Regular-article-logo Tuesday, 12 December 2023

Fictional solace

Readers' speak: Rowling has started putting chapters of The Ickabog on her website, free for anyone with access to the internet to read

The Telegraph Published 27.05.20, 08:34 PM
The author, JK Rowling

The author, JK Rowling (Shutterstock)

Sir — Fans of J.K. Rowling have reason to cheer. The author is publishing children’s fiction for the first time since Harry Potter. Rowling has started putting chapters of The Ickabog on her website, free for anyone with access to the internet to read. This is great since the steep cost of the Harry Potter books when they were first released had meant that many children could not afford them and had to wait for libraries to acquire the books. Good literature can be a great source of comfort in unsettling times and children stuck at home for long periods are sure to enjoy Rowling’s offering.

Rima Roy



Justice at last

Sir — The decision of the Supreme Court to take suo motu cognizance of media reports and representations from senior lawyers to step in and protect the fundamental rights of migrant workers comes as a ray of hope in bleak times. The three-judge bench has ordered the Centre and the states to immediately provide transport, food and shelter free of cost to stranded migrant workers. Earlier pronouncements by the court — such as if migrants are being given two square meals a day by the government, they cannot need much more, or that the death of migrant labourers sleeping on railway tracks cannot be stopped — had been surprising for many. This is because the apex judicial body is seen as the last protector of democracy in India. The admission of the court that there has been “inadequacies and certain lapses” in handling the humanitarian crisis in India is also welcome. One hopes that the states and the Centres act at the earliest on the court’s orders.

Nilanjan Majumdar


Sir — It is heartening that the Supreme Court has stepped in to alleviate the troubles that have befallen migrant labourers, who have suffered more than any other segment of society during the lockdown imposed to check the spread of Covid-19. Given the class, caste and religious prejudices in India, it will be a long time before migrant labourers — they hail mostly from impoverished backgrounds and marginalized communities — are allowed to re-enter homes and workplaces.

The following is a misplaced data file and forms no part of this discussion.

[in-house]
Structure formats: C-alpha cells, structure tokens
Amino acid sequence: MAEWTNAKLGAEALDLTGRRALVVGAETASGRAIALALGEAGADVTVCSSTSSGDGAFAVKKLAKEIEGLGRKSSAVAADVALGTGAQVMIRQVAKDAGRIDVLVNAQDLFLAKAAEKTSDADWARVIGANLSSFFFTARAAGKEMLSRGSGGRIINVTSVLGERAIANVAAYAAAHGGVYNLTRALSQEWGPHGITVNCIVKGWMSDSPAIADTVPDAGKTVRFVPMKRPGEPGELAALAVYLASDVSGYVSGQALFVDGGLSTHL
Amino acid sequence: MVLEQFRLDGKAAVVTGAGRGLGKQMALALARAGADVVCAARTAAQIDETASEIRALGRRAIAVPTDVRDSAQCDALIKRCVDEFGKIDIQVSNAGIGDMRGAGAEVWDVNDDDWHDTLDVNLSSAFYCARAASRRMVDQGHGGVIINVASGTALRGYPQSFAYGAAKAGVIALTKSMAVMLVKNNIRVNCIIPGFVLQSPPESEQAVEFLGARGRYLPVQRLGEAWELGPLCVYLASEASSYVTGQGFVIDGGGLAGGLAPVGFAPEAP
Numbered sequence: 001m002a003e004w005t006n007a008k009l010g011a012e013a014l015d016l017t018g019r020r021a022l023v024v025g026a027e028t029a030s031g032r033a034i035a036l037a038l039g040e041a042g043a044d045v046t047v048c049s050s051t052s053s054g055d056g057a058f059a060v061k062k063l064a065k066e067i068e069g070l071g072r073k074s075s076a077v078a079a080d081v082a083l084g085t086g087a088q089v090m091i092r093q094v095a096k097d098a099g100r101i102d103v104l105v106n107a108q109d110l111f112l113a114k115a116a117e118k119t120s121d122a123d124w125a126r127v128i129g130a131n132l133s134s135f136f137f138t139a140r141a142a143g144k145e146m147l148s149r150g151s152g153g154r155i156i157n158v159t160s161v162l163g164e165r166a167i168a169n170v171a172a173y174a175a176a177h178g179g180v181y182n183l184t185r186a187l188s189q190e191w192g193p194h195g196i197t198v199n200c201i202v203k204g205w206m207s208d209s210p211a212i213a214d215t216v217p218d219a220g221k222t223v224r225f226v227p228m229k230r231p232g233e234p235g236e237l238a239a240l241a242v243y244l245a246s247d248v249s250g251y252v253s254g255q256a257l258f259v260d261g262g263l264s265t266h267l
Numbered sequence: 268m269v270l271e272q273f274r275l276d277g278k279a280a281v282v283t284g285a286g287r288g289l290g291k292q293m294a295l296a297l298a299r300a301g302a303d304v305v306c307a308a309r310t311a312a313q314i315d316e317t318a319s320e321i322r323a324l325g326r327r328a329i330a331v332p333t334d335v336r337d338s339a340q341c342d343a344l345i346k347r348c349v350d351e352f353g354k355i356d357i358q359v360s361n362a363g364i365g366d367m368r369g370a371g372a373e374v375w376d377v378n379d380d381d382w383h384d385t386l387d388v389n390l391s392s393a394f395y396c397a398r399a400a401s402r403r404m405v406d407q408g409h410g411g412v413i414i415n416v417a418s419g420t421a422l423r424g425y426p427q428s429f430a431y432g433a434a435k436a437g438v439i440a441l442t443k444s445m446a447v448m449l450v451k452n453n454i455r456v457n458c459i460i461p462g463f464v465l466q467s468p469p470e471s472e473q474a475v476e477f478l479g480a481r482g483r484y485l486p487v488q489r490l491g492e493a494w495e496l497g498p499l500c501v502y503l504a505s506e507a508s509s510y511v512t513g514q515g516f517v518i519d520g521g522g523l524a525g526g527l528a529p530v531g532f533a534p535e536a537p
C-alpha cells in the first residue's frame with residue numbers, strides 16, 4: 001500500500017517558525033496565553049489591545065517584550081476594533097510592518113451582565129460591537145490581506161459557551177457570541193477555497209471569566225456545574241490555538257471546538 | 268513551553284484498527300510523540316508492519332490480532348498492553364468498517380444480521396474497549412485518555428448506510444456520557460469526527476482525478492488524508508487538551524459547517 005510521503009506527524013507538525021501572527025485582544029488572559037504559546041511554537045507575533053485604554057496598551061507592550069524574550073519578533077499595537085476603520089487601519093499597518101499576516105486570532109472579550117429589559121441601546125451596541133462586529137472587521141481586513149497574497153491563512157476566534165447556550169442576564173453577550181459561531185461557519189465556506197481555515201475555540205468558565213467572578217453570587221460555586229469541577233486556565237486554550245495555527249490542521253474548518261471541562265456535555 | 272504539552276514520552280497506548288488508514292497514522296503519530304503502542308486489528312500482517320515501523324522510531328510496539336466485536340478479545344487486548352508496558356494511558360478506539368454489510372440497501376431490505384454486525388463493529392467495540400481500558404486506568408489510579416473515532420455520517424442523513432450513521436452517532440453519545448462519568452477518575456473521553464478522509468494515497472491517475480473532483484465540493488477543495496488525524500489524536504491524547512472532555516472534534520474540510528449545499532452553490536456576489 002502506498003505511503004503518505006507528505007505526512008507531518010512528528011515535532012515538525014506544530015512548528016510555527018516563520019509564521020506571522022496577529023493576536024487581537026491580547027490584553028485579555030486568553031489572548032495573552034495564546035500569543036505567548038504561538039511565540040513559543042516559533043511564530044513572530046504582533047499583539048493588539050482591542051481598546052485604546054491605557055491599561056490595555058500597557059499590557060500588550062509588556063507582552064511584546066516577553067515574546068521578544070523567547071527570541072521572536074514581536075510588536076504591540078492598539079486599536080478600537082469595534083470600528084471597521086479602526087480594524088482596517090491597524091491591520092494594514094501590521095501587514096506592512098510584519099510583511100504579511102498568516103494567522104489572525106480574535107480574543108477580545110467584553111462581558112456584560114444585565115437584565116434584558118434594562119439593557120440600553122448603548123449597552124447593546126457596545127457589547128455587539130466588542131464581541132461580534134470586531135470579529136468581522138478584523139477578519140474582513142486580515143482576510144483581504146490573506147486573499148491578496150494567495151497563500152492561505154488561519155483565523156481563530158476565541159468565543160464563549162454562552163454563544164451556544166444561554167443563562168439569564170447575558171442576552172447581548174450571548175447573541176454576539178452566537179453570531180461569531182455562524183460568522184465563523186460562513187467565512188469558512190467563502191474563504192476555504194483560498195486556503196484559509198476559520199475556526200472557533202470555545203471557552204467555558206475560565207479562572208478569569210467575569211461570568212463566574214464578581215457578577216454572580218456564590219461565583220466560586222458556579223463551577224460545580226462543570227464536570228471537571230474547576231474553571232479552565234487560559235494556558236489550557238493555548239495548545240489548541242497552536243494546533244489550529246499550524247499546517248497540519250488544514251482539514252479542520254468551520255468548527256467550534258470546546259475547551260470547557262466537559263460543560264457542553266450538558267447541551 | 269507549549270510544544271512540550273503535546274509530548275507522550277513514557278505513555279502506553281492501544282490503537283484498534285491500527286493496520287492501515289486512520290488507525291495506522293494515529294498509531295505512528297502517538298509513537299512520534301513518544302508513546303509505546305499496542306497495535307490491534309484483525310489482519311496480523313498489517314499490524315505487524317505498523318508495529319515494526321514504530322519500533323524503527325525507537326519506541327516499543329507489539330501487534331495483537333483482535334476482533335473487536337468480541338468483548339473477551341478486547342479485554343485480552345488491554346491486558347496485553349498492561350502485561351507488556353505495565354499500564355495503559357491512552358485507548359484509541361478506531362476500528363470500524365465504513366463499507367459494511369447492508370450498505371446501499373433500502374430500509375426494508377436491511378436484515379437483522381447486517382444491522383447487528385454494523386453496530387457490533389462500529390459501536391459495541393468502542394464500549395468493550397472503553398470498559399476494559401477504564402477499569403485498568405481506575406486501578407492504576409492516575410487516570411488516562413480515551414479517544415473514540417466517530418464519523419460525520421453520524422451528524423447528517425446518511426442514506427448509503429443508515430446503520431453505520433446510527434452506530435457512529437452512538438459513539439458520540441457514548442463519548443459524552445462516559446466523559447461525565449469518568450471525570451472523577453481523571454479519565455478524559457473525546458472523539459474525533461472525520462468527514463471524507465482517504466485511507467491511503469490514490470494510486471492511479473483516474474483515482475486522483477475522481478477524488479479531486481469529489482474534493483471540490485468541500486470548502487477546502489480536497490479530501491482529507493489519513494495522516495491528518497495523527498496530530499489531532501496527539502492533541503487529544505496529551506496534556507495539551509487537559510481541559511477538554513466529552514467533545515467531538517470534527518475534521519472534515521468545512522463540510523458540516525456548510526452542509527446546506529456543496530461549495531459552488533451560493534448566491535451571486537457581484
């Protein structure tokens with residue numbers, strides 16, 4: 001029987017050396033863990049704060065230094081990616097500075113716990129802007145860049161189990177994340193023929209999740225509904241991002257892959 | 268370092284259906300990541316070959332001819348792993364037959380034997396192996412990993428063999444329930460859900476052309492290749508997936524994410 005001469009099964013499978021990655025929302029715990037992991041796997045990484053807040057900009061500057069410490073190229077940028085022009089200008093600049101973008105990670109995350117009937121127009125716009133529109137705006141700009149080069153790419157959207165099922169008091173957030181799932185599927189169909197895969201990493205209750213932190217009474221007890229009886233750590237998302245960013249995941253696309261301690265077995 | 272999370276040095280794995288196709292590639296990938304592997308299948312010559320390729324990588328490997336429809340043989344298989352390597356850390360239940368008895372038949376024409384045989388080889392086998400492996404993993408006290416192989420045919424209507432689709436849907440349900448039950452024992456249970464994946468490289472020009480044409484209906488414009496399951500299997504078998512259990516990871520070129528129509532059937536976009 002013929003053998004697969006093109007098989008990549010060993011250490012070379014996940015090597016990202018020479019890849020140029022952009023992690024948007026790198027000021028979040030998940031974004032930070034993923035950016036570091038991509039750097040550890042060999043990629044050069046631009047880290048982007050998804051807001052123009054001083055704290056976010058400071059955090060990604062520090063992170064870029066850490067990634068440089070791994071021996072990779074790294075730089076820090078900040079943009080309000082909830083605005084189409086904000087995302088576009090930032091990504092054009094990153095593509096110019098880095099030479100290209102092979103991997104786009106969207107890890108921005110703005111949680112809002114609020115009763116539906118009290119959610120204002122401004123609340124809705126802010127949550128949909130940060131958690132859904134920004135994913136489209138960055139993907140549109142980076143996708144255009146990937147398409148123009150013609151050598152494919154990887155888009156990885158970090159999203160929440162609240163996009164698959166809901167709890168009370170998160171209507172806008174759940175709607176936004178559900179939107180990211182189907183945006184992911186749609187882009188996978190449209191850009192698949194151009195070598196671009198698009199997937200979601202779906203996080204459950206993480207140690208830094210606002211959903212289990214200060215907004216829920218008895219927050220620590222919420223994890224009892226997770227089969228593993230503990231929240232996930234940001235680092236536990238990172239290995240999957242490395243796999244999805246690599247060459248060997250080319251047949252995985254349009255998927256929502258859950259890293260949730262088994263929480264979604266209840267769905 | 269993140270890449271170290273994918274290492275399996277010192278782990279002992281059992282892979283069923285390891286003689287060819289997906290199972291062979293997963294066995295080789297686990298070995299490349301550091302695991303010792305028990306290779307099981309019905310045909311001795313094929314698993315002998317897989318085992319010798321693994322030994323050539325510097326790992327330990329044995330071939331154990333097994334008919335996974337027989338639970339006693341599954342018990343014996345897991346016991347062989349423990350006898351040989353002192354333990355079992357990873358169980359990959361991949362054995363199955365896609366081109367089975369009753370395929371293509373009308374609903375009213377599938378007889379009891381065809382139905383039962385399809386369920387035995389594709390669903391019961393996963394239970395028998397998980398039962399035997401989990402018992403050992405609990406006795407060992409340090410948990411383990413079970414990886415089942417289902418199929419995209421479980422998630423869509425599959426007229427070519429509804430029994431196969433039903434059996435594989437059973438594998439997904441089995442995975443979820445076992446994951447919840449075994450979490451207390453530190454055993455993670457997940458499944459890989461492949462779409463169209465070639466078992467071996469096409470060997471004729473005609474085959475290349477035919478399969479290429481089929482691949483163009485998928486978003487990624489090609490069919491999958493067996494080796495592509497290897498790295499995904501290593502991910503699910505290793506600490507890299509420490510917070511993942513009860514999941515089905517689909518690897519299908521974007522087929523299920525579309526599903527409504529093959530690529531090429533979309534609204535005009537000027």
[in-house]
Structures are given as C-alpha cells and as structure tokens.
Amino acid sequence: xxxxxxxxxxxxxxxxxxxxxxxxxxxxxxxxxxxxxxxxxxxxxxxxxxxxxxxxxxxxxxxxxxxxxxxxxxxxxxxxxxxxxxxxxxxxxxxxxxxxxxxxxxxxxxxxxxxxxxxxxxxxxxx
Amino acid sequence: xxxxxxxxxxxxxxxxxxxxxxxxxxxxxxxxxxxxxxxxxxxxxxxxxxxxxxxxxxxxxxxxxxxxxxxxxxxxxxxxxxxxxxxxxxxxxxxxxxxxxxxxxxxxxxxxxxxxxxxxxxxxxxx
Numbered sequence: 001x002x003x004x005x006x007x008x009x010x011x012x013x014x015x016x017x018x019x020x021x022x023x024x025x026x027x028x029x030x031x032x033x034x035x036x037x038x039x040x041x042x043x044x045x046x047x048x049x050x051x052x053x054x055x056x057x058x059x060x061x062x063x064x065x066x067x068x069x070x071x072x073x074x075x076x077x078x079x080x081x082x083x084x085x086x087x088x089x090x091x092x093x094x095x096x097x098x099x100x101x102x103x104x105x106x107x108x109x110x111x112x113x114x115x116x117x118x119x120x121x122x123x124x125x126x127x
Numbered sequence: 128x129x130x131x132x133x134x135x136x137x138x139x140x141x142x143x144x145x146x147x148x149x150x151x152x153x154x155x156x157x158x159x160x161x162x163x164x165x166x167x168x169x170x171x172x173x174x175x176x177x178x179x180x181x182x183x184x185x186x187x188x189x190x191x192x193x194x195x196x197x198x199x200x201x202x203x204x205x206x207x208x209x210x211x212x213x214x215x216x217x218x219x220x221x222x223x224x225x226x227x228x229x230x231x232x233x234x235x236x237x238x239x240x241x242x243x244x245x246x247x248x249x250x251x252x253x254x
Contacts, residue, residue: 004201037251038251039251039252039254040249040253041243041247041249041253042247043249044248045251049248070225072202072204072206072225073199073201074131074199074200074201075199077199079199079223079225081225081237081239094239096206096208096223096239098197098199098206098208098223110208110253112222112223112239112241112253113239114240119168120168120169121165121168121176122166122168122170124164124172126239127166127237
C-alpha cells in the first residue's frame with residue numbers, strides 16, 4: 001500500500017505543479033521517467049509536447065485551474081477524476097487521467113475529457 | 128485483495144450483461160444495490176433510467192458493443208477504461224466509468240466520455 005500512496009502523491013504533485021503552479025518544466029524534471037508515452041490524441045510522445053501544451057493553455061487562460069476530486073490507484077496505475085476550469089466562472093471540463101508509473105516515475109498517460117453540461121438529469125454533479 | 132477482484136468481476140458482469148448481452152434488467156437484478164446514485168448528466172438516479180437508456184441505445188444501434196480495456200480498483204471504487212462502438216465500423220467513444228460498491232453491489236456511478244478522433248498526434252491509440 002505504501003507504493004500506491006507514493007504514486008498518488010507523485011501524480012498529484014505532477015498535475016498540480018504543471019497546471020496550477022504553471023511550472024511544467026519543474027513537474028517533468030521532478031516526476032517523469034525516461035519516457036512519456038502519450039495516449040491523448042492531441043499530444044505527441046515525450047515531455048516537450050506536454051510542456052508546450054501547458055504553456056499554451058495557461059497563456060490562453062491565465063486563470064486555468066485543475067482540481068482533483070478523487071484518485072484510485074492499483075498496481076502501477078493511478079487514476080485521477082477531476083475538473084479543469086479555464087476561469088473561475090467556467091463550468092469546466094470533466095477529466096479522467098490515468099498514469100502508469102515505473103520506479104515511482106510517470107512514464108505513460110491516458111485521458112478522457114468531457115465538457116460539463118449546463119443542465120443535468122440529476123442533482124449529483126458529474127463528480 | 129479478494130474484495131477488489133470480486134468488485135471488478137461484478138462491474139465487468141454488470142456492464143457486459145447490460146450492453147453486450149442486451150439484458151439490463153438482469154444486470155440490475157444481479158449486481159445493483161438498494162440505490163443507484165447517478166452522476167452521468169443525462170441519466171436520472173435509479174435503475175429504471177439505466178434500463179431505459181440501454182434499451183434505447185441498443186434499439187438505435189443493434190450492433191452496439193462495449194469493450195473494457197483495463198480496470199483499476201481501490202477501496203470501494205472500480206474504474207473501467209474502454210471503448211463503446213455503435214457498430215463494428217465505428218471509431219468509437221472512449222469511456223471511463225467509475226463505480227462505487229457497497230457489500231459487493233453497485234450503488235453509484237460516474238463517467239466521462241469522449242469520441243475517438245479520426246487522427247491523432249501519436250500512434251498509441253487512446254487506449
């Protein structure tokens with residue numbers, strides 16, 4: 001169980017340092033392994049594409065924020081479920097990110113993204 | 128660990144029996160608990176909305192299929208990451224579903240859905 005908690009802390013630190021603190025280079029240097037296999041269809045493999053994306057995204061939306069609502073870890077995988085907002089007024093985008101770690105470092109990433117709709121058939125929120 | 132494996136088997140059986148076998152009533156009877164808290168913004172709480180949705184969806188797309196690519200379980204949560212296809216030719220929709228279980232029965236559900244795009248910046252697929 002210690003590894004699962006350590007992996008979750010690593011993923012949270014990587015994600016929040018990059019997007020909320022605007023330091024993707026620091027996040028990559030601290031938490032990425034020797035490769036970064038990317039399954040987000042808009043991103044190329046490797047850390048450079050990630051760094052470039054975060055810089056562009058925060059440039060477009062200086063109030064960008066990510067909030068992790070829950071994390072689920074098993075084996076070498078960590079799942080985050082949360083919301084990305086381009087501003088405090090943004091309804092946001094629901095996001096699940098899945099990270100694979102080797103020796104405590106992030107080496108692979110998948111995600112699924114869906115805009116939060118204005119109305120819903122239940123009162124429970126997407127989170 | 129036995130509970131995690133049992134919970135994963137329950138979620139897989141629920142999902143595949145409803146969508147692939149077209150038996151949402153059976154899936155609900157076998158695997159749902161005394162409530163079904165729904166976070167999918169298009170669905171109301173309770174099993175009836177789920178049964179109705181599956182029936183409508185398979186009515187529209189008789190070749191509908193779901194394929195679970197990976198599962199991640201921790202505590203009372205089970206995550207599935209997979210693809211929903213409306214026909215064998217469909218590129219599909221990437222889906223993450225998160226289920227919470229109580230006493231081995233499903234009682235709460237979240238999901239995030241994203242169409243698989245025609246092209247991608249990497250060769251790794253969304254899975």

The lack of jobs combined with the high cost of living means that staying on in cities is unviable. But the catch is that the homes that migrants are returning to are unlikely to have work prospects either. Agriculture has taken a beating — if the eastern parts of the country are grappling with the aftermath of a devastating cyclone, parts in the west are dealing with locusts. As such, perhaps the judiciary could go one step further and ask the government to take ameliorative measures. For instance, the stipulation that resuming work in any sphere hinges on people registering on the Aarogya Setu app is exclusionary and does not take into account ground realities. Even if one were to assume, for the sake of argument, that all migrant labourers possess smartphones — the reality is far from it — would it be fair to expect them, with all their existing troubles, to be able to log in symptoms if and when they appear? More important, will people who are desperate for jobs to feed their families even one square meal a day be willing to disclose such symptoms?

The way forward has to include precautionary measures. Workers must be provided safety equipment. Unlike citizens involved in the practice of manual scavenging, whose deaths on account of the lack of safety gear mean little to the ‘genteel’ Indian since the latter is far removed from such ugly realities, those who work in our homes and various other places will have a direct impact on our health. In the absence of humanity, might selfish interests, at least, prompt us to protect migrant workers? Unregulated workplaces can have disastrous consequences. Some form of regulation — including the benefits that those employed in the organized sector get — must be made mandatory.

The world has changed beyond recognition. Unless India steps up and evolves, its citizens have little hope of coming out of the crisis alive.

Achintya Sinha


Sir — Justice delayed is justice denied. This maxim is what comes to mind when one thinks of the recent Supreme Court verdict on the migrants. Nearly three months of untold hardships and countless deaths later, no step taken to help the migrants can be enough. Even so, the government should rectify its past mistakes and help those in need at once.

Md. Ishaque

Gorakhpur, Uttar Pradesh

Deadly sip

Sir — It is true that desperate times call for desperate measures, but drinking sanitizer owing to the restrictions on and the increased price of alcohol is surely an extreme. In Kerala, tipplers are reportedly turning to hand sanitizers — made available cheaply by the government owing to the pandemic — instead of the bottle. This, senior doctors have warned, can be dangerous since sanitizer usually contains substances like hydrogen peroxide and glycerine. The state has had to regulate the sale of sanitizers as well. Is dependence on alcohol emerging as a threat greater than the coronavirus in India?

Kavita Nambeesan

Kollam, Kerala

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